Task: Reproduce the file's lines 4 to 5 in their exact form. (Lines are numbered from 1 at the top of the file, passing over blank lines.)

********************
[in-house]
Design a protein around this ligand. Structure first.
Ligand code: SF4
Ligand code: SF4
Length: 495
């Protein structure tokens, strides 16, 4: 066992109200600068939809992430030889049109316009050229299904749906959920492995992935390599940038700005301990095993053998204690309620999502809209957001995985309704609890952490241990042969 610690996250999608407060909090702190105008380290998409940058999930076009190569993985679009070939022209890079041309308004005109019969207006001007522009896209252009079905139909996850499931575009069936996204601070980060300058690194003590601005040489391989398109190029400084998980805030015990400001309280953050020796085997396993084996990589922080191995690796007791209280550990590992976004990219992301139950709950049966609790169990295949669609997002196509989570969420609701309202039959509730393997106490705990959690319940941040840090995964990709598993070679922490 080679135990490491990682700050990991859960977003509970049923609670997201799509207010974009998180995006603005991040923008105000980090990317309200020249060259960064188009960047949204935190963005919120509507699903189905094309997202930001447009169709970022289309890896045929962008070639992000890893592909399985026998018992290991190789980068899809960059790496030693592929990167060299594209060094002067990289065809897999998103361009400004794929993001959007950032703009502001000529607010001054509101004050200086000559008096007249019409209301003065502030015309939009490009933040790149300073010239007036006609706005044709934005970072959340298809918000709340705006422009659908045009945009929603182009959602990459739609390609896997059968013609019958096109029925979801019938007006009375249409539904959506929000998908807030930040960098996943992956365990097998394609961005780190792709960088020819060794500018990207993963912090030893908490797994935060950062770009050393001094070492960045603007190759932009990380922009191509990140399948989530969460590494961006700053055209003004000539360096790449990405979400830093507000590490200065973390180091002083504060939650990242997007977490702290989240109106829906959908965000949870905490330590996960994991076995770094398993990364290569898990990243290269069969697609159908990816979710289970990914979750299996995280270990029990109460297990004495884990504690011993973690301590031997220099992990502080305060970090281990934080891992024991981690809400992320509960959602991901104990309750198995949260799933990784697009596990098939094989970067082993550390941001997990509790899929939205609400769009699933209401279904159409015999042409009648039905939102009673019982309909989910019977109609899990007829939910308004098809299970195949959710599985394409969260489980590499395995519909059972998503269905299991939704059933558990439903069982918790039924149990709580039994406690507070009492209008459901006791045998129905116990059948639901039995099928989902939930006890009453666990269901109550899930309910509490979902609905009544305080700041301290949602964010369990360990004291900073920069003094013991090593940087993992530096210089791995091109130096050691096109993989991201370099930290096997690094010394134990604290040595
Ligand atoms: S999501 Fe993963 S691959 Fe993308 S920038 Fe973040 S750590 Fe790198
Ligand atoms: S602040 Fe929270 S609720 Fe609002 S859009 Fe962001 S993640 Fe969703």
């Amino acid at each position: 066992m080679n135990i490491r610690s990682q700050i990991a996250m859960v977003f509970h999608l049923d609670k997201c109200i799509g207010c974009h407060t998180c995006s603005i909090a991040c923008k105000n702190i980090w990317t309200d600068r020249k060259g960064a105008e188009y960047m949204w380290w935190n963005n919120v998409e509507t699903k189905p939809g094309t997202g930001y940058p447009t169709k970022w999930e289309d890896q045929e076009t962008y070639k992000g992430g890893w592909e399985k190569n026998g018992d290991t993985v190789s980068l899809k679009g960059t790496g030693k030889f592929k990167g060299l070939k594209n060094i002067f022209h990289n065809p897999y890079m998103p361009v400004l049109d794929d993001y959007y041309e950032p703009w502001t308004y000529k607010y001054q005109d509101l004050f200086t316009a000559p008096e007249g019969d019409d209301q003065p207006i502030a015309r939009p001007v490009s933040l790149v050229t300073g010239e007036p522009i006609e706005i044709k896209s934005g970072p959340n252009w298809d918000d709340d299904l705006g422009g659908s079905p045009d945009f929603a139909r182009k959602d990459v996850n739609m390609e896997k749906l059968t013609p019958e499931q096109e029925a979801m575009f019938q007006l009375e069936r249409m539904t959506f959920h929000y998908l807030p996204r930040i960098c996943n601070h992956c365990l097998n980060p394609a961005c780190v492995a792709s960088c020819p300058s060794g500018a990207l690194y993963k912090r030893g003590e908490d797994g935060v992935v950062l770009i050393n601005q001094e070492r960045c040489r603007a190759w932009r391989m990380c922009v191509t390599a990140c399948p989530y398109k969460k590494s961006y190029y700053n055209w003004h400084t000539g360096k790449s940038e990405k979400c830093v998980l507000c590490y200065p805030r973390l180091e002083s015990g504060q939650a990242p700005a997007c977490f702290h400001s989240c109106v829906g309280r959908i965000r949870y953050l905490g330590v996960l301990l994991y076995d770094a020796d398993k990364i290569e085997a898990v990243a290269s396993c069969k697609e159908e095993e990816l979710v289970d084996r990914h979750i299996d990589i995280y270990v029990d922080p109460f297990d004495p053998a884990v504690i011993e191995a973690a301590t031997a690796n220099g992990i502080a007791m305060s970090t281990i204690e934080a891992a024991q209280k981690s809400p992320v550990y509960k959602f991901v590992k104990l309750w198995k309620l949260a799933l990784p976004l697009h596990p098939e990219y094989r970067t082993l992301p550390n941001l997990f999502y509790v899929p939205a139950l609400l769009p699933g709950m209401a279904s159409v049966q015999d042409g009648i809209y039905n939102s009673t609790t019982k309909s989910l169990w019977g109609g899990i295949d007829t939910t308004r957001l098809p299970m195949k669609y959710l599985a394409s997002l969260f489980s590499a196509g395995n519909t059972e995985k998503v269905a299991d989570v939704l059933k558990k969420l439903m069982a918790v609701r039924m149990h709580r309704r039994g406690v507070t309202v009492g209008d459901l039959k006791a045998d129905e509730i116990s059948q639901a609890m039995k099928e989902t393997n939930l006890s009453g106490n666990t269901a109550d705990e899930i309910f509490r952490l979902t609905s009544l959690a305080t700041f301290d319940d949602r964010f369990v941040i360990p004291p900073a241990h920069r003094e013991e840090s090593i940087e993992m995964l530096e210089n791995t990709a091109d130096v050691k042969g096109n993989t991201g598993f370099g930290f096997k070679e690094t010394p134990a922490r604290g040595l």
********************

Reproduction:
Ligand code: SF4
Length: 495